Although Dockside's owners are very private, "word got to me that they were looking to retire and we were super fortunate to be in the right place at the right time." He said the previous owners "have worked so hard for so long. They get to go out properly. We get to come in and refurbish this place and do something that we think Sag Harbor really needs, and has never had, which is a solid, not-too-crazy-expensive seafood restaurant." In describing the concept, he also used the words "super friendly," "egalitarian," and "tavern" in that order.
Although Ms. Sheehan and Ms. Barnes had specific ideas of who they wanted to see take over the business, the landlords were even more exacting. The restaurant is located in the American Legion building on Bay Street. Mr. Miller said it took the partners four or five months to convince the veterans who run the space that they were appropriate tenants for it.
"They really don't want just anyone in the building. They had the same two lovely women" since 1996, he said. They wanted to be sure the new tenants would "respect the dignity of the hall, the history of the hall, and the history of the town." Mr. Miller attended several of the legion's meetings and met with members individually on multiple occasions. They even came to Rita Cantina a couple of times to have Mr. Miller cook for them. "They chose me because I am a local guy, I do care, and I don't have an agenda."
As a menu preview, Mr. Miller said the new space will start with dips and snacks, salads and bowls, raw chilled and ceviche dishes, and a range of small plates. Entrees might be as simple as a patty melt sandwich, fried seafood options like shrimp, scallops, and clam bellies, fish and chips, or steak frites. They might also be as elevated as a stuffed lobster with crabmeat and Ritz crackers, local fluke, or a bone-in sirloin steak, chops, or poultry from a wood-burning grill. He's also thinking about offering the option to "smash crabs on the tables" and serving duck from Long Island's only remaining farm, Crescent in Aquebogue. Other regular sources will include Satur Farms, Multi Aquaculture Systems, and Gosman's Dock.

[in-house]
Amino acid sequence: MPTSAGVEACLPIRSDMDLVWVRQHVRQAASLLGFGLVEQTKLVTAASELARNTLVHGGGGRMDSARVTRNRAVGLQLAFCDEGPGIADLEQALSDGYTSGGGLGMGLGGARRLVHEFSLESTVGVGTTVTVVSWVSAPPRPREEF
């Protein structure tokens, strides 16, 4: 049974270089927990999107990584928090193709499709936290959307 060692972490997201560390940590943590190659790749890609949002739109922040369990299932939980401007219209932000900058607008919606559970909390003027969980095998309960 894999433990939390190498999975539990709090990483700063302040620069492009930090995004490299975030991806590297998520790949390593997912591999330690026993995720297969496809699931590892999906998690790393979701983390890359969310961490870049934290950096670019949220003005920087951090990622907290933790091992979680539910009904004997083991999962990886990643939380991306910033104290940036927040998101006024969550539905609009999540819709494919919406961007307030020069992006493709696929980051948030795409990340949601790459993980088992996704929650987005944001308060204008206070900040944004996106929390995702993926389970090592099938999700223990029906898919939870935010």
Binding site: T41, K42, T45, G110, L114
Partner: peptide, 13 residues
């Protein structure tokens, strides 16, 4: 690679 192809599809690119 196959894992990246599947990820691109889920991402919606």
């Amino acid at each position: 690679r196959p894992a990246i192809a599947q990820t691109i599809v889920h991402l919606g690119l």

In terms of prices, he said the least expensive starter on the working menu is priced at $12. The dips and spreads, served with pitas or fried bread and intended for table sharing, will likely include crab dip, pimento cheese, and crudite and hummus, and run in the $14 to $18 range. Something like a local fluke entree, which is more expensive to source, will cost around $36. He said he will offer two steak options: a reasonably priced steak frites with more deluxe cuts of meat priced accordingly.
Speaking of some other restaurant menus in the area he said, "I don't want to pay $55 for a branzino that was swimming in Israel or wherever the hell it comes from, when you can get black sea bass right out your back door. I just don't get it." The Millers plan to have "a really good fun bar" in the restaurant, where snacks can be an inexpensive dinner, but tables aren't solely restricted to two and three-course dining either. The space will have "something for everybody, and we think that's what's been missing here."